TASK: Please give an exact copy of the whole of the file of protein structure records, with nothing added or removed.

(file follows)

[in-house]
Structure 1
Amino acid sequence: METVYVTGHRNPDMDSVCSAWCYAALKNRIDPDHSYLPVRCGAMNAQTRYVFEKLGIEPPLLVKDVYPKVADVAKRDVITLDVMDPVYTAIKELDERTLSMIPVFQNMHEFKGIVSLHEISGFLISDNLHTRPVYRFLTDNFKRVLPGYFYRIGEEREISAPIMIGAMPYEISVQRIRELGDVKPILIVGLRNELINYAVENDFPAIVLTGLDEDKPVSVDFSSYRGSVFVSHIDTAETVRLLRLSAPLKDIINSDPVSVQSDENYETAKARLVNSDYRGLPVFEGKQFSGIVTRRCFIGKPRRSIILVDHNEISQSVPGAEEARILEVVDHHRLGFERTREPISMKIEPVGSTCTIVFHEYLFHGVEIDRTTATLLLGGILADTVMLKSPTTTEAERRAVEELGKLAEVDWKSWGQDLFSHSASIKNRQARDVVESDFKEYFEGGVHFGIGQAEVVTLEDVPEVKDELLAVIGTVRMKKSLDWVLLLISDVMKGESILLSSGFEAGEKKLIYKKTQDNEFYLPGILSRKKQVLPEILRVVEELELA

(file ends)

[in-house]
Structure 1
Amino acid sequence: METVYVTGHRNPDMDSVCSAWCYAALKNRIDPDHSYLPVRCGAMNAQTRYVFEKLGIEPPLLVKDVYPKVADVAKRDVITLDVMDPVYTAIKELDERTLSMIPVFQNMHEFKGIVSLHEISGFLISDNLHTRPVYRFLTDNFKRVLPGYFYRIGEEREISAPIMIGAMPYEISVQRIRELGDVKPILIVGLRNELINYAVENDFPAIVLTGLDEDKPVSVDFSSYRGSVFVSHIDTAETVRLLRLSAPLKDIINSDPVSVQSDENYETAKARLVNSDYRGLPVFEGKQFSGIVTRRCFIGKPRRSIILVDHNEISQSVPGAEEARILEVVDHHRLGFERTREPISMKIEPVGSTCTIVFHEYLFHGVEIDRTTATLLLGGILADTVMLKSPTTTEAERRAVEELGKLAEVDWKSWGQDLFSHSASIKNRQARDVVESDFKEYFEGGVHFGIGQAEVVTLEDVPEVKDELLAVIGTVRMKKSLDWVLLLISDVMKGESILLSSGFEAGEKKLIYKKTQDNEFYLPGILSRKKQVLPEILRVVEELELA